How Do Israeli Elections Work?

Next week, on Tuesday, January 22nd, 2013, Israelis will be heading to the polls to cast their ballot. As this Israeli electoral is different than ours here in the United States, we are pleased to share with you this explanatory piece from the Consulate General of Israel in New York.


For starters, Israel doesn’t have just 2 major political parties. It doesn’t even have 3 or 4. In the upcoming election, there are a whopping thirty-four parties running to get seats in Israel’s legislative body, the Knesset. Are they all going to get seats? Probably not. Israeli law states that you need to have over two percent of the popular vote to get a seat in the Knesset. The 120 seats in the Knesset are divided proportionately between all the parties who received at least two percent of the vote (and thus one seat).

But let’s back up a bit. Unlike the United States, in Israel, you’re not voting for your direct representative. Instead, you vote for a political party. Each party has a list of candidates for Knesset. Should that party do well in the elections and gain 5 seats for example, the top 5 names on their list become Knesset members. So the public knows who they are voting for (the number one spot on every party list is the leader of the party). Each party has to have a pretty long list, in the off chance that they receive a lion’s share of the public’s votes. The closer you are to the top of the list, the more likely you will make it to the Knesset should your party do well.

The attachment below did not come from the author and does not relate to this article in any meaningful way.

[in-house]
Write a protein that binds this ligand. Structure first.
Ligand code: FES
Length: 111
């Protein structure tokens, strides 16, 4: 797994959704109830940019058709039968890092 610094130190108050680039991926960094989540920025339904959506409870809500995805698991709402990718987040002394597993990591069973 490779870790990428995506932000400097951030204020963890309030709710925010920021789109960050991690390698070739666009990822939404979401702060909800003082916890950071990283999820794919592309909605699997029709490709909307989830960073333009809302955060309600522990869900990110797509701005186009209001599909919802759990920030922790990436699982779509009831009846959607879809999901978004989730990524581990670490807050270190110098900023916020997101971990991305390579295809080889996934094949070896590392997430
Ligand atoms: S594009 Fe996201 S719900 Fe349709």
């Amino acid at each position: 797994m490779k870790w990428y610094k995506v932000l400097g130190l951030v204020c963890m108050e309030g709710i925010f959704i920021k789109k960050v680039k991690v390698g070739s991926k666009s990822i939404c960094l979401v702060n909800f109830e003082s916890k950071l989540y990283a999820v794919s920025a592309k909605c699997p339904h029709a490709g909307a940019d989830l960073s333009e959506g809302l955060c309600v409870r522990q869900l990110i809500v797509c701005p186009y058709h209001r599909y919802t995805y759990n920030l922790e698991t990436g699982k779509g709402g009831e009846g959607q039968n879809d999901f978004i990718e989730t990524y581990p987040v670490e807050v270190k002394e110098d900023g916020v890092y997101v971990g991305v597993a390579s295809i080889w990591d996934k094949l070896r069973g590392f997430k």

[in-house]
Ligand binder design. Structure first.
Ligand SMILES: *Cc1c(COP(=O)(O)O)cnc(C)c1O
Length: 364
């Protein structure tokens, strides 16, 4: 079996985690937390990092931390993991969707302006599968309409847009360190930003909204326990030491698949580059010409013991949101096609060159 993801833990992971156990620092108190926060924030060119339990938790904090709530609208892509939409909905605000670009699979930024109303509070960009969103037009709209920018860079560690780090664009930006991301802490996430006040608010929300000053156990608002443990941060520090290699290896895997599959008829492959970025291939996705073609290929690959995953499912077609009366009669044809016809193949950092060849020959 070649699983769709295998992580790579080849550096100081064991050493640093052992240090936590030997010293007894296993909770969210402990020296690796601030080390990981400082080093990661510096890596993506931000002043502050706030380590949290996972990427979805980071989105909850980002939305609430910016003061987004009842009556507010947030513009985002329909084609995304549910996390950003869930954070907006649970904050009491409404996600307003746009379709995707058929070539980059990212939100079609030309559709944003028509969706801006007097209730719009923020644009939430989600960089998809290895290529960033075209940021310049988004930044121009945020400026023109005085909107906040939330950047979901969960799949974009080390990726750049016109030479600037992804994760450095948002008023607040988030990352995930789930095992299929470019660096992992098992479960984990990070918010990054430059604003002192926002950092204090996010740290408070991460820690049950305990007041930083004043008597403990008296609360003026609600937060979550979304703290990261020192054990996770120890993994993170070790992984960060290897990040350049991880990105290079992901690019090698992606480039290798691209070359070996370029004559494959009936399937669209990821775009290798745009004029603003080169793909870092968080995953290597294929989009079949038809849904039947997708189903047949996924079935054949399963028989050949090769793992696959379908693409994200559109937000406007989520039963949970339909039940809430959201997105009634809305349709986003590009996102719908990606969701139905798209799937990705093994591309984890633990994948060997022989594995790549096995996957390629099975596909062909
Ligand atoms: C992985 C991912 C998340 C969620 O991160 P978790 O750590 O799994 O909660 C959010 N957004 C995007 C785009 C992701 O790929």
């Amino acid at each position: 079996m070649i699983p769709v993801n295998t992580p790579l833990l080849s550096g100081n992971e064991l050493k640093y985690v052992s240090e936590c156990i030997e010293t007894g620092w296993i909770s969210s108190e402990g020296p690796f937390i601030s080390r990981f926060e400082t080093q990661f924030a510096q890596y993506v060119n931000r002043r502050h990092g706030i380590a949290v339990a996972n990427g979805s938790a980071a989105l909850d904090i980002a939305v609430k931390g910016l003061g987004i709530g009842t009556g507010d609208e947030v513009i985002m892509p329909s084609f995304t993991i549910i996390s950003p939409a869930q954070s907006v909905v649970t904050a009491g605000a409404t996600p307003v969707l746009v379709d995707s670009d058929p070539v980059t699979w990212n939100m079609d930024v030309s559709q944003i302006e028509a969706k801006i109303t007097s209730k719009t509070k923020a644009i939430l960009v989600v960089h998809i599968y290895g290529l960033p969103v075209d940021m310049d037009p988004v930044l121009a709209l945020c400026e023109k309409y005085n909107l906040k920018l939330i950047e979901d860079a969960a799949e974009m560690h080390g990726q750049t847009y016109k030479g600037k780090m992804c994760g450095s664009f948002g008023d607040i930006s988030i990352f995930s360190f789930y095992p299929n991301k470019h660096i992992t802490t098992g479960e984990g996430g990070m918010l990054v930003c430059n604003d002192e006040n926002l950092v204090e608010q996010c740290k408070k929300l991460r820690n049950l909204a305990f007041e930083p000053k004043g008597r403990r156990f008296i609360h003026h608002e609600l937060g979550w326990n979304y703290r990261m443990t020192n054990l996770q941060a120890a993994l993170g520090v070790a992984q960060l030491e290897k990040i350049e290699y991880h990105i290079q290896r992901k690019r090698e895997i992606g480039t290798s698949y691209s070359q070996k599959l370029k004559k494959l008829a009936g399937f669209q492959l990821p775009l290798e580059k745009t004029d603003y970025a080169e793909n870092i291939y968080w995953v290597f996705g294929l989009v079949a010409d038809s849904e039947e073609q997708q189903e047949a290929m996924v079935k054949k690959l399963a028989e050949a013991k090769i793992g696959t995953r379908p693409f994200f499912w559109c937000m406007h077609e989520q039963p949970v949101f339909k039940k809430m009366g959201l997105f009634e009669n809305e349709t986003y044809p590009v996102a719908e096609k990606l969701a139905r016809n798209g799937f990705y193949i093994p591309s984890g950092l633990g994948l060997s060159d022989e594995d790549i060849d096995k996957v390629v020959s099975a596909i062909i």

Now we get to the fun part. Israel’s Prime Minister, who heads the government, is chosen from among the members of the newly-elected Knesset. The best way to think about the difference between the U.S. and Israel’s system is that while America has separate legislative and Presidential elections, Israel’s are combined into one. The process by which Israel chooses its Prime Minister is similar to how the U.S. Congress chooses their Speaker of the House or Senate majority leader. While the public votes for which party they want to have seats in the Knesset, it’s up to the elected officials themselves to “nominate” a Prime Minister.

Usually, but not always, this person is the head of the party that received the most seats. However, because you have dozens of parties vying for the Knesset’s 120 seats, its almost impossible for one party to have a clear majority of 61 or more seats. To date, no single party has received enough Knesset seats to be able to form a government by itself; thus all Israeli governments have been based on coalitions of several parties. Those remaining outside the government compose the opposition.


According to Israeli law, each Knesset term is up to four years. However, coalition governments have an average lifespan of 3.5 years. There are a number of reasons why early elections can take place:

1. The Knesset passes a bill to disperse the Knesset
2. The Knesset has not approved the budget within three months of the start of the financial year
3. The Prime Minister asks the Knesset to disperse
4. A no-confidence vote has passed and a new government has not formed.

In this case, it’s the third option. In the fall of 2012, Israeli Prime Minister Benjamin Netanyahu called for early elections to take place in January of 2013. Whichever party receives the most seats next week essentially has “first pick” over forming a coalition with other parties to get a majority of seats in the Knesset. The President of the State of Israel, largely a ceremonial post, formally requests the leader of the largest party to form a government. When a government has been formed, the designated Prime Minister presents it to the Knesset within 45 days of the election. At this time, he or she announces its composition, the basic guidelines of its policy and the distribution of functions among its ministers.